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The answer is technical. The short answer is that, semantically, they have exactly the same meaning; it's a difference of syntax.

In Arabic, words can be three (and sometimes, four) cases: marfoo' (ending with damma), majroor (ending with kasra), and mansoob (ending with fatha). There are some more details here which are not relevant to this answer.

In this case, the word "kafiroon" (with waw, noon) is in the marfoo' form. That usually means (among other things) that it's the subject of the sentence, or the doer of the action.

Kafireen (yaa, noon) is the majroor and mansoob forms. It usually means (among other things) that it's the receipient of an action, or it's modified by a preposition -- a word like "from," "to," etc. (Harf Al-Jarr in Arabic).

Anyway, this form (using waw/noon vs. yaa/noon) applies to all masculine plurals; commonly in the Qur'an, you will see:

  • Muslimoon / Muslimeen
  • Kafiroon / Kafireen
  • Muttaqoon / Muttaqeen
  • Muhsinoon / Muhsineen
  • etc.
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It is just declension (i'rab) at work. It is the change in ending of a noun or verb by which its grammatical case is identified. Arabic heavily uses this. In English too there is declension. For example, the sentences "I hit you" and "You hit me". Here "I" changed to "me" to indicate it is the object of the action. Hope you get the idea.

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All grammatical changes, by very definition, are meaningful. Explanations of the question at hand with reference to E'raab are fine, but remain inadequate because these normally (rather universally) fail to mention an additional important layer of meaningfulness:

Plurals with "wao-noon" ending (e.g."Kafiroon" & "Muslimoon" etc.) refer to every individual of a group, while plurals with "yaa-noon" ending (e.g. "Kafireen" & "Muslimeen" etc.) refer to the group as a whole.

Consider this example, very explicit in the aspect of meaningfulness that I have pointed out:

3:28 لَا يَتَّخِذِ الْمُؤْمِنُونَ الْكَافِرِينَ أَوْلِيَاءَ مِنْ دُونِ الْمُؤْمِنِينَ وَمَنْ يَفْعَلْ ذَلِكَ فَلَيْسَ مِنَ اللَّهِ فِي شَيْءٍ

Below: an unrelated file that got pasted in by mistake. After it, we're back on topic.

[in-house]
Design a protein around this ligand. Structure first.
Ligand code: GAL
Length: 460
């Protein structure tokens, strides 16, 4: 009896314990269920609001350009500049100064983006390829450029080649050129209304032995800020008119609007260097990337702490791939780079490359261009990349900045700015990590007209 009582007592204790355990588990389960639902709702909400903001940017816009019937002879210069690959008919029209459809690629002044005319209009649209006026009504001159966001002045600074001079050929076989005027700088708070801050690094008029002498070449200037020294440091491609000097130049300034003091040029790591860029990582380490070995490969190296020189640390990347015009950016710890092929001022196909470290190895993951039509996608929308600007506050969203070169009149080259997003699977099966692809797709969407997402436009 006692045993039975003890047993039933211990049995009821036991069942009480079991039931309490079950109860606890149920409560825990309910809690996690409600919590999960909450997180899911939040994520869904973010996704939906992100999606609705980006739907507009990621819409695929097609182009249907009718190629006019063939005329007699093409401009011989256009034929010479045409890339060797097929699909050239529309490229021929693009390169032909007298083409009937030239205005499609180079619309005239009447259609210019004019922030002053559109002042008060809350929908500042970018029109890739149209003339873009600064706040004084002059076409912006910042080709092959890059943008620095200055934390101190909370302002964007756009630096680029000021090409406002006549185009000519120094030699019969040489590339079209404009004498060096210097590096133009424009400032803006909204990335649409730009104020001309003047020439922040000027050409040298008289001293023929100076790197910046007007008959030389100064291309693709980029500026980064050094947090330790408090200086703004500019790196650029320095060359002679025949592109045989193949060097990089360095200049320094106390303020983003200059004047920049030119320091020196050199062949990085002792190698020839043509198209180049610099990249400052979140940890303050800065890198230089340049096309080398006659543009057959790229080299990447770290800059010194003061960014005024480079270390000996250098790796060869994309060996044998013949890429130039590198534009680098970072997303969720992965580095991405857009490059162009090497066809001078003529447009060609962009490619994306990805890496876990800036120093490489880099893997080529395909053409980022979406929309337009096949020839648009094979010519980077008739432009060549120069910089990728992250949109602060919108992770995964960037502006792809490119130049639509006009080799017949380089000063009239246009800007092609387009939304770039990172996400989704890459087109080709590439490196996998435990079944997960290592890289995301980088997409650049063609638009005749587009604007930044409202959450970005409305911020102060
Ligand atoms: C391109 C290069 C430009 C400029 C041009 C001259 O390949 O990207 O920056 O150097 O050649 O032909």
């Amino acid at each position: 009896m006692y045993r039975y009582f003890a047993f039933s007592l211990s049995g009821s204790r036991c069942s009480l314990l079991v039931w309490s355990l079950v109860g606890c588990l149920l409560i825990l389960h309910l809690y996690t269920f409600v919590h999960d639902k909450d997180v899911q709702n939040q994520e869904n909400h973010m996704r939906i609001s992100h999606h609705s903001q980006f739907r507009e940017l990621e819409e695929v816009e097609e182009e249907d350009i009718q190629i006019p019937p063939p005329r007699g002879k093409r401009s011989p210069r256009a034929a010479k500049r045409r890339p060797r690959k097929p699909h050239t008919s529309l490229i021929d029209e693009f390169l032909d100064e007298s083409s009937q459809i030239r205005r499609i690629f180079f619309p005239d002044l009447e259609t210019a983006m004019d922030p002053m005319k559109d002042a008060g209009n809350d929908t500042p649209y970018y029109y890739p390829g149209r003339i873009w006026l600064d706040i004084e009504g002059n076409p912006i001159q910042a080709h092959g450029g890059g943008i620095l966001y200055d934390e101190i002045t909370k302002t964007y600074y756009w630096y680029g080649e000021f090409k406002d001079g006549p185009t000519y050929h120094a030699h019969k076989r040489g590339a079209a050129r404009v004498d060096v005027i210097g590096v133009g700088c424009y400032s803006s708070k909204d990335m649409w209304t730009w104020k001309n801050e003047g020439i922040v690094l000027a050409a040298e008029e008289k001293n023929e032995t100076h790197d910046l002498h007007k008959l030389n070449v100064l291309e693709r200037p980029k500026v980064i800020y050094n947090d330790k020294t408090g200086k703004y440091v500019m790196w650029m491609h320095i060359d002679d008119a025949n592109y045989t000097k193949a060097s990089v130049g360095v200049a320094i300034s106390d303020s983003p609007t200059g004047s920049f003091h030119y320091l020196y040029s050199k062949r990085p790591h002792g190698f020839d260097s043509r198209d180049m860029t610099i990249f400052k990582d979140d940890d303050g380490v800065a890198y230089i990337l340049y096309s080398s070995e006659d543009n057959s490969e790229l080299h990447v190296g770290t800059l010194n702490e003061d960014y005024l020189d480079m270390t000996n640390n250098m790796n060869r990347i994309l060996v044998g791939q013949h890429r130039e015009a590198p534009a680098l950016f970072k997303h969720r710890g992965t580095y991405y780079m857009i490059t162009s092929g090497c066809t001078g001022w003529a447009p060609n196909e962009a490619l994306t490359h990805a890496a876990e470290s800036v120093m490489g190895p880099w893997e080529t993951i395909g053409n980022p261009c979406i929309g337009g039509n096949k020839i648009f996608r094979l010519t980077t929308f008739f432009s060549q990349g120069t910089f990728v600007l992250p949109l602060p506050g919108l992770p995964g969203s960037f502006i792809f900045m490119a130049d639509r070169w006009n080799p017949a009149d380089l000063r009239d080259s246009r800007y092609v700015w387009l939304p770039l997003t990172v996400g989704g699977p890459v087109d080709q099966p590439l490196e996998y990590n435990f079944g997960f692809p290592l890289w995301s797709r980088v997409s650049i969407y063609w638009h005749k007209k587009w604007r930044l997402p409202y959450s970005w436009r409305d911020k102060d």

The ayah juxtaposes الْمُؤْمِنُونَ with الْمُؤْمِنِينَ and also with الْكَافِرِينَ. It is essentially stating that "Momin" individuals should not seek patronage (/sponsorship /protection etc.) of "Kaafir" groups when the patronage of "Momin" groups is available to them. Indeed here the context clearly indicates that الْكَافِرِينَ and الْمُؤْمِنِينَ have the signification of organized sovereign groups.

4:151 أُولَئِكَ هُمُ الْكَافِرُونَ حَقًّا وَأَعْتَدْنَا لِلْكَافِرِينَ عَذَابًا مُهِينًا

This ayah juxtaposes كَافِرُونَ with كَافِرِينَ. The context of this ayah (as well as the previous ayah) makes it abundantly clear that كَافِرُونَ here is signifying individuals while كَافِرِينَ is signifying a collective.

The Quran abounds with examples. I mention just two:

3:52 قَالَ مَنْ أَنْصَارِي إِلَى اللَّهِ قَالَ الْحَوَارِيُّونَ نَحْنُ أَنْصَارُ اللَّهِ ءَامَنَّا بِاللَّهِ وَاشْهَدْ بِأَنَّا مُسْلِمُونَ

Here "Muslimoon" is clearly indicating individuals of a group;

10:84 وَقَالَ مُوسَى يَاقَوْمِ إِنْ كُنْتُمْ ءَامَنْتُمْ بِاللَّهِ فَعَلَيْهِ تَوَكَّلُوا إِنْ كُنْتُمْ مُسْلِمِينَ

and here "Muslimeen" is clearly referring to an organized group of "Muslims."

There are literally hundreds of ayahs in the Quran encompassing dozens of root-words. In my considered opinion they lead to the conclusion that I have stated above.

Indeed this literary mechanism has been very powerfully used by the Quran to express its message. To my knowledge this is the only mechanism through which the Quran differentiates between individuals of a group, and the group as an entity.

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  • Do you have any evidence for your claims? please share it. The given examples actually don't necessarily hold for your description. – Sassir 22 hours ago
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They are both Sound Plural. The Ya or Waw ending depends on the overall rhyme scheme of the Sura. It is much easier to memorize this way.